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Part shortage that hit Ford is spreading to more companies



A fire that damaged a Michigan auto parts supply factory is causing production problems at Ford, Fiat Chrysler, and General Motors, but it's too early to say if dealers are running out.

Ford has been hit hardest by parts shortage. The company had to temporarily lay off 7,600 workers as it cuts production of the F-Series pick truck, the best-selling vehicle in America.

But General Motors was forced to halt the production of large vans at a factory in Missouri and the production of Fiat Chrysler's Pacifica minivan was curtailed in Windsor, Ontario

It was all due to a May 2 fire that hit the Major plant of the Meridian Magnesium Products of America factory in Eaton Rapids, Michigan, near Lansing heavily damaged that makes structural parts, of which about one third goes to Ford. Several automakers have turned to Meridian to produce light alloy parts as they try to shed pounds to meet government fuel efficiency standards. Ford Commits to Renew Product Line Adds SUVs by 2020 “class =”

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On Wednesday, Ford announced it would suspend F-150 and Super Duty recording production in Kansas City, Missouri, Dearborn, Michigan and Louisville, Kentucky Temporary layoffs took place in Kansas City and Dearborn, while workers in Louisville, Kentucky, who built the Super Duty, switch to major Lincoln and Ford SUVs, which are also manufactured at the plant.

Ford says it works with suppliers to handle the Limit the impact on production. "We are confident that the impact will be short-term," said Joe Hinrichs, executive vice president and president of Global Operations, in a statement. [19659002] The company said it still has a clock selection of trucks in the US. At the current sales rate, Ford Motor Co. has enough trucks to last 84 days.

The company said Wednesday that parts shortages and production cuts will have a short-term impact on earnings, but Ford is stuck all year. Adjusted earnings per share were $ 1.45 to $ 1.70.

While the auto industry has often mastered parts of natural disasters and fires in the past, it could be more difficult this time because there are only a few companies producing magnesium parts. Kristen Dziczek, Vice President of Industry, Labor & Economics Group of Center for Automotive Research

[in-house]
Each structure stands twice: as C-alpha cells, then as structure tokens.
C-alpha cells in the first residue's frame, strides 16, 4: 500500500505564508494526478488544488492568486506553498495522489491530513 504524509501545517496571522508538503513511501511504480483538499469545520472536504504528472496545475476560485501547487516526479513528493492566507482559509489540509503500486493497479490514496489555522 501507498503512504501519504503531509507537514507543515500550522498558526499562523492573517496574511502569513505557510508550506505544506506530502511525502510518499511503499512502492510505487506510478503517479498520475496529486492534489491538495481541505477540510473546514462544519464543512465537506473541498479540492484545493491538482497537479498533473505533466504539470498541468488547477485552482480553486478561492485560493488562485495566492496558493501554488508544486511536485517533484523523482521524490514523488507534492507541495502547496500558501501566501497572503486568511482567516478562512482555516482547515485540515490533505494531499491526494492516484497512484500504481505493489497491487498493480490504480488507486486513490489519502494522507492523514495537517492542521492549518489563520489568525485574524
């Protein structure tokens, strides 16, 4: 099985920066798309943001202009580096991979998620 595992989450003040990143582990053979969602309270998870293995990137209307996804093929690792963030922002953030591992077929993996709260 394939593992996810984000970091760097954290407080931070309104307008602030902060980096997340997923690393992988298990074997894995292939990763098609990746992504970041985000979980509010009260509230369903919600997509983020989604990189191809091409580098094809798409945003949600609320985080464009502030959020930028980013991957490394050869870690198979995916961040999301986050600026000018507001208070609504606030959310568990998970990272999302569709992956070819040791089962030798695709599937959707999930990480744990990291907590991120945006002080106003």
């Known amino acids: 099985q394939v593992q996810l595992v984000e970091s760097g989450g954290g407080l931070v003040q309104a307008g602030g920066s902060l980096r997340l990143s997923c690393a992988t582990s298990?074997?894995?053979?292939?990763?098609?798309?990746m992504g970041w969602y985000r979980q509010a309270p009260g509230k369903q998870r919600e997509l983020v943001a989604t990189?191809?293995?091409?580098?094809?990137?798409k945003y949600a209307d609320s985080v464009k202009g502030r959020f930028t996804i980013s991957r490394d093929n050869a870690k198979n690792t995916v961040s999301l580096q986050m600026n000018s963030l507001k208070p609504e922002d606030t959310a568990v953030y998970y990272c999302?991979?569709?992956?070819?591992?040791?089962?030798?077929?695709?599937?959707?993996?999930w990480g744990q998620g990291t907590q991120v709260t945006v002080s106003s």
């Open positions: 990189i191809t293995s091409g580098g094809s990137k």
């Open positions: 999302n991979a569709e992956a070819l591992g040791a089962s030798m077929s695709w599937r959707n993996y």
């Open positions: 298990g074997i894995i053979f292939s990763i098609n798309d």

"There is a great demand for these lightweight materials," she said. Everyone needs it, everyone wants it, and the supply chain is not ready for that kind of volume. "

Equipment that has not been damaged needs to be relocated and the automakers must find another place to get magnesium castings, said Dziczek. Meridian has other buildings in Eaton Rapids and another magnesium factory in Ontario, but it's unclear how much volume they can accommodate, she said.

Thursday, a message was given to the officials of Meridian.

Fiat Chrysler confirmed that Pacifica production was affected, but said that no workers had been fired. Instead, they will do more of an older minivan as the company works with Meridian to get more Pacifica parts.

Spokeswoman Jodi Tinson said FCA does not expect major production shutdowns in any factories except Windsor.

But a union official at a huge Jeep Wrangler SUV plant in Toledo, Ohio, says it's possible that some weekend overtime could be cut due to part shortage. Mark Epley, chairman of the Jeep unit for United Auto Workers Local 12, said Thursday that they have parts and are still running 10-hour shifts. "This weekend could be a different story," he said.

At GM in Wentzville, Missouri, the company was forced to reduce production of the large GMC Savana and Chevrolet Express vans. But the workers there have focused on building mid-sized pickup trucks that leave the same assembly line, said spokesman Nick Richards. It is not clear how long the van production will be suspended, he said.

Ford expects to continue super production at a factory in Avon Lake, Ohio, near Cleveland.

The cause of the fire in the Meridian plant is not known. The authorities said there were explosions and two workers were injured. People reported seeing the explosions miles away.

John Seewer contributed to this report from Toledo, Ohio.


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